Threat actors to keep a low profile on their cyber attacks in 2019

Cyber security provider Kaspersky recently warned that hackers will try to conduct their hacking activities in 2019 in a low key manner toward a higher success ratio.

“In 2018, threat actors have led to new paradigms. Public awareness has grown and expert investigations have highlighted big cyber operations, making the topic front page news across the world. This will lead to a change in the cyber landscape, as sophisticated threat actors seek silence and obscurity for their attacks in order to increase the likelihood of success. This shift makes the finding of new, large-scale, sophisticated operations very unlikely, and will definitely take the art of detection and attribution to the next level,” said Vicente Diaz, security researcher at Kaspersky Lab in a press statement.

Although the cyber security industry has consistently developed state-of-the-art, government-sponsored operations, Kaspersky said threat actors have the capability to go underground and below the radar to avoid publicity and the likelihood of being “found out.” With enough resources, they will be able to diversify tool kits and practices, making detection and attribution extremely difficult.

With the ability of threat actors to perform covert operations in a more sophisticated manner, Kaspersky said this will lead to the deployment of tools specialized for targeting victims at their very core, compromising networking hardware. “The new strategy will allow threat actors to focus their activities on discreet botnet-style compromise or to perform more sneaky attacks on the selected targets,” the company said.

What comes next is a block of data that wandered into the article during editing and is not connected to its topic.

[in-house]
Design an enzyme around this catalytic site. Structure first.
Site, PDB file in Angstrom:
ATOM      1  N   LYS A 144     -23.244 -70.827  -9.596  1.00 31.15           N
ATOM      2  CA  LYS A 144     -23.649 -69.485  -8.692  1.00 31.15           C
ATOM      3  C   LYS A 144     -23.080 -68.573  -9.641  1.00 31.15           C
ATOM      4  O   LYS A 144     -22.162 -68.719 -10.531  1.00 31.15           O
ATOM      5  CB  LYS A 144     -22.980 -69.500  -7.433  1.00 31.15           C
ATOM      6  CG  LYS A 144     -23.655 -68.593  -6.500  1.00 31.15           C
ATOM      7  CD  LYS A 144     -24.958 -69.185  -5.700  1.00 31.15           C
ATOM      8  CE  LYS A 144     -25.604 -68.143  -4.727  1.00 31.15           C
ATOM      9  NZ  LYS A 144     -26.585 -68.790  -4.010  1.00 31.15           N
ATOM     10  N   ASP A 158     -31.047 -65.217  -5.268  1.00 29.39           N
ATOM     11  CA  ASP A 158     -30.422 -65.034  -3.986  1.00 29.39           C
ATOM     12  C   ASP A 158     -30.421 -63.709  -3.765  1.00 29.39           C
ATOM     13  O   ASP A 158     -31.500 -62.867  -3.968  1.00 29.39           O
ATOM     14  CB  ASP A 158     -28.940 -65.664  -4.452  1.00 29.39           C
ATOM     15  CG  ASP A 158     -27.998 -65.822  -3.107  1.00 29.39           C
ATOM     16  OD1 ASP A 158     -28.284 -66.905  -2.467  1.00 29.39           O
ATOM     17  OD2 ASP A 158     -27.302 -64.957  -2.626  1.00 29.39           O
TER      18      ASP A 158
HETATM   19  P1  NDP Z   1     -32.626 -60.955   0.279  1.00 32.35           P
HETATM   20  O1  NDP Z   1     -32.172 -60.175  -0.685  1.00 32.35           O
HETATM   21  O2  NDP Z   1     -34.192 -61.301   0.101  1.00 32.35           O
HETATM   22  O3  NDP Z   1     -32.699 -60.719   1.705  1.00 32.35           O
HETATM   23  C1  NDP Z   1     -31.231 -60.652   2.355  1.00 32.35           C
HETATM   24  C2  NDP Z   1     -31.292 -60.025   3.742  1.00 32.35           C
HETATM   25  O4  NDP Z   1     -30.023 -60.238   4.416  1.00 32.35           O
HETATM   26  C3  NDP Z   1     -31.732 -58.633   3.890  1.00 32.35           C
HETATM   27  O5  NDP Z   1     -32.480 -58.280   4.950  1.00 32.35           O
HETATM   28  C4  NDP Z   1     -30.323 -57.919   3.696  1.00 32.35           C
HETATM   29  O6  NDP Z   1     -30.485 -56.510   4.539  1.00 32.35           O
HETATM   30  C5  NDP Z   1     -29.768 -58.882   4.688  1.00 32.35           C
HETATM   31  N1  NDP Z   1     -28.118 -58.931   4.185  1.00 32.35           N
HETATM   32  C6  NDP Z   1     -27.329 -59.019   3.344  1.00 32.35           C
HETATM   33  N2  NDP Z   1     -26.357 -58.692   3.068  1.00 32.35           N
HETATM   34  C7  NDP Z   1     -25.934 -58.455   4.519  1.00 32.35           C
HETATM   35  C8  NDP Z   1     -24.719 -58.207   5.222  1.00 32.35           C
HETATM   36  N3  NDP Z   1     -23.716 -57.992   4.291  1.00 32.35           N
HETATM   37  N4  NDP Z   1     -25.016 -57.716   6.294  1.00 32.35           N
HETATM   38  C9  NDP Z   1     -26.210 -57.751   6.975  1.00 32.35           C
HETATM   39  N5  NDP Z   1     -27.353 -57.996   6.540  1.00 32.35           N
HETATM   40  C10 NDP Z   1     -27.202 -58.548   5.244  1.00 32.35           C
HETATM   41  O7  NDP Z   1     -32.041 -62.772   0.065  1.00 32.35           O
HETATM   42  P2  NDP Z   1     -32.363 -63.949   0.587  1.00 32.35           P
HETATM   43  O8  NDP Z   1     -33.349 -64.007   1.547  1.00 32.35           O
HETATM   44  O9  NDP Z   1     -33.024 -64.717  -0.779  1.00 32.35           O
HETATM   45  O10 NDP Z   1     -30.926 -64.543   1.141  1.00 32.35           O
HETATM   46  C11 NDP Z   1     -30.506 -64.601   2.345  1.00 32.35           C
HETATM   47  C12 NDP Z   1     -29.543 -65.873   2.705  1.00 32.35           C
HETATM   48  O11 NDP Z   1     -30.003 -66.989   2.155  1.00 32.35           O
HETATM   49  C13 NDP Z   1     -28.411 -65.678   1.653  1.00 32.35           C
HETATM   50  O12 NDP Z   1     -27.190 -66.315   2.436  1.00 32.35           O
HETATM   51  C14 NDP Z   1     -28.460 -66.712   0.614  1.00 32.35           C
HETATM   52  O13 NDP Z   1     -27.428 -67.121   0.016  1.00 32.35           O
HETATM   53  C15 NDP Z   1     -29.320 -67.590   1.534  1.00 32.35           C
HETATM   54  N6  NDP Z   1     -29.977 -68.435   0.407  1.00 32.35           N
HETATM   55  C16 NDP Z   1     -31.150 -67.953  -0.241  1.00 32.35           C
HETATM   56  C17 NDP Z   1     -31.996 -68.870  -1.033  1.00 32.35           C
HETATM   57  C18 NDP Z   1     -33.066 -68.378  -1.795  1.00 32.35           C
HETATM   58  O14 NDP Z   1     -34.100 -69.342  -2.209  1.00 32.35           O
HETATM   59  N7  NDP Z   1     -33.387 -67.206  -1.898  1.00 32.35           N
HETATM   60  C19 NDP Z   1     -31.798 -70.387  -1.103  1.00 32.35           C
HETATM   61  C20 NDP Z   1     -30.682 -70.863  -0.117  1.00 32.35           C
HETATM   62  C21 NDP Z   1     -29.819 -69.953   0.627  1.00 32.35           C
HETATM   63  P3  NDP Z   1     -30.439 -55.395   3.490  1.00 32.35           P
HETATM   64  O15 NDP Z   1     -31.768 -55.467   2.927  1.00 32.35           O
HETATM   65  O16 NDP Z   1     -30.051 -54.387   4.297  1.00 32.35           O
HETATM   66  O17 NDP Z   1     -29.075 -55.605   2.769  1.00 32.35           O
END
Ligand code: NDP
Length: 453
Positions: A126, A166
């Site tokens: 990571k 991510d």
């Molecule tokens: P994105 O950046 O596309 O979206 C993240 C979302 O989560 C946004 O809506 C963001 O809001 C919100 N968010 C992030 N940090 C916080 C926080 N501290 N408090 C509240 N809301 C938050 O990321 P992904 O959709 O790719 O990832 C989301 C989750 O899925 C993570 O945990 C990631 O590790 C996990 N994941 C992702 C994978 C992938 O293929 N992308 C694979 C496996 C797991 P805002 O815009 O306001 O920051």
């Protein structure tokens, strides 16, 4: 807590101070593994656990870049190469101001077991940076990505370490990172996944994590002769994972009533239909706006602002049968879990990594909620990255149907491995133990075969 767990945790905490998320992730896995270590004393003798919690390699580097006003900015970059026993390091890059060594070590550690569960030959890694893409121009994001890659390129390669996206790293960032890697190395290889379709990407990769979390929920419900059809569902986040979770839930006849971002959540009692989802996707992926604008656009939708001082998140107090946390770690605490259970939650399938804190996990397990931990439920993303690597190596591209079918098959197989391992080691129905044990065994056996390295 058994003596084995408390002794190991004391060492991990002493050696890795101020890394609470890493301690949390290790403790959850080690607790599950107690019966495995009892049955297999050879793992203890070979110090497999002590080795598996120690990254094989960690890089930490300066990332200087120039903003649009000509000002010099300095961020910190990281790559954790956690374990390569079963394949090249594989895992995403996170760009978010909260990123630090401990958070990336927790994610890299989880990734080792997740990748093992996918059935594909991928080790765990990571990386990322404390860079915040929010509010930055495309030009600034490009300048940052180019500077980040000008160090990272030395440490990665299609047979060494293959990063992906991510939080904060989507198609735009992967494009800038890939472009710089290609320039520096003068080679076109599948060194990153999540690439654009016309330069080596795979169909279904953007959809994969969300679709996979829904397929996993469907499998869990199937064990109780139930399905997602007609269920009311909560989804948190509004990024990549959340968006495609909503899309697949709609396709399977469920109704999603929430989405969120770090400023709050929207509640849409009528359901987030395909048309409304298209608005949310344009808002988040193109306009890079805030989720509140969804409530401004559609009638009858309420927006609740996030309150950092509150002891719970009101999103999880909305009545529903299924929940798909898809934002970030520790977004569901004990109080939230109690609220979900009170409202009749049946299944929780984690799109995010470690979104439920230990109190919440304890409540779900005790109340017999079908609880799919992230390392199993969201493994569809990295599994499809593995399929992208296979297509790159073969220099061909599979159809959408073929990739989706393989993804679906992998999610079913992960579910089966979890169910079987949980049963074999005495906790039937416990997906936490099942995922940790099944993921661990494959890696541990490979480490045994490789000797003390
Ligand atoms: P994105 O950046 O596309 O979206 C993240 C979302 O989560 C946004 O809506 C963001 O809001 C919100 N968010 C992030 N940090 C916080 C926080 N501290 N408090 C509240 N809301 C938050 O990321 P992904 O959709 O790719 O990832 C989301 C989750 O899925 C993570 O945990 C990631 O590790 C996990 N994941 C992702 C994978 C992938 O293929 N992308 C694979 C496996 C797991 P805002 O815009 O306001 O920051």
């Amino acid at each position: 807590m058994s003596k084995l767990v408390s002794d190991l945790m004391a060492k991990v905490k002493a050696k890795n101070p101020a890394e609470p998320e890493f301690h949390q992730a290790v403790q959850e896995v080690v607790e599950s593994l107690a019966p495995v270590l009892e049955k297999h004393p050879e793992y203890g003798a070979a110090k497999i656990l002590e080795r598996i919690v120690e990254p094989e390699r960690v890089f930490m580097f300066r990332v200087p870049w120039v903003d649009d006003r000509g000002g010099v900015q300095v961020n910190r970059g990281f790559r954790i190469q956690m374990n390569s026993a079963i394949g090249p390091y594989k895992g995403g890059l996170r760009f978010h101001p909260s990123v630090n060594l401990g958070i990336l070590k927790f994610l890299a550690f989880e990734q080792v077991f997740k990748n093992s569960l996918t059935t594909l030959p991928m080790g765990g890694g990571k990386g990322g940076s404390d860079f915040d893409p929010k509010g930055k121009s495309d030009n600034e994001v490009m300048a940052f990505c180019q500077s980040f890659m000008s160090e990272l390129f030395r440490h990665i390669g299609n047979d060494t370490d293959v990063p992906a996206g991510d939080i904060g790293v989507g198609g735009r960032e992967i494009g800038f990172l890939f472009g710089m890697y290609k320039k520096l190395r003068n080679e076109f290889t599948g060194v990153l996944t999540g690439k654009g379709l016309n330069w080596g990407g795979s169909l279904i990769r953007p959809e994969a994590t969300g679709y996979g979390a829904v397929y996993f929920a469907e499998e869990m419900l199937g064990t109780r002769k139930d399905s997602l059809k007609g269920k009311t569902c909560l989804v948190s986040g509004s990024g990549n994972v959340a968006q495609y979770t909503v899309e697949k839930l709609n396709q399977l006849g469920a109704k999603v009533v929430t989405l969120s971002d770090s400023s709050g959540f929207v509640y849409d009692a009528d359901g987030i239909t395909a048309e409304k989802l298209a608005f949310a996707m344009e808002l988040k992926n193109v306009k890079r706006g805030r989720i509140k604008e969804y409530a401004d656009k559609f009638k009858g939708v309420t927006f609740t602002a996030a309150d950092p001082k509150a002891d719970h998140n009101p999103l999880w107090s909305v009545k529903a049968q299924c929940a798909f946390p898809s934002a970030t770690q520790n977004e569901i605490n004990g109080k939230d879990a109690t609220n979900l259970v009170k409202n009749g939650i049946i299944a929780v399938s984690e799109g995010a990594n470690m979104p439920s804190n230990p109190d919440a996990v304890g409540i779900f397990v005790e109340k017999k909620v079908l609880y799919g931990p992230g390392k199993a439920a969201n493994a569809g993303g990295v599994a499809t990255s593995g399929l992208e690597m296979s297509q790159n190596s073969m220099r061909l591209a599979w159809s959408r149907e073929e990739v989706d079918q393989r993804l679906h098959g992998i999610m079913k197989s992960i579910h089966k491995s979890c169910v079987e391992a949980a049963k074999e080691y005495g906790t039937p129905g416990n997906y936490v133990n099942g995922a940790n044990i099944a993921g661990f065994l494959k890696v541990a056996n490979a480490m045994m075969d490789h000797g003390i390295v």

Other targeted threat predictions for 2019 include supply-chain attacks, mobile malware, rapid growth of Internet of Things (IoT) botnets, spear-phising, arrival of advanced persistent actors and public retaliation,

Kaspersky said attacks on the supply chain are among the biggest problems despite the introduction of cutting-edge tools to fight it.

Meanwhile, Kaspersky said the industry has not developed major inroads in mobile, stressing that a lot of threat actors have a mobile component to their campaigns to help broaden the list of potential victims. “While there won’t be any big outbreak in mobile-targeted malware, we will see continuous activity and new ways for advanced attackers to get access to victims’ devices,” Kaspersky said.

“It warned that it should not belittle the the rapid growth of IoT botnets because these could be quite dangerous once it falls into nefarious hands.

Kaspersky warned that spear-phishing should be a given a closer watch because of the huge implications of a data breach. Data obtained from different attacks on social-media giants, such as Facebook, Instagram, LinkedIn and Twitter, are now available in the market for anyone to acquire. Recent large-scale data leaks from different social-media platforms might help attackers to improve the success of this infection vector,” the company said.


Rizal Raoul Reyes

Rizal Raoul S. Reyes has covered technology, science, business, property and special reports. He had working stints with the Business Star, Manila Bulletin and Independent Daily News.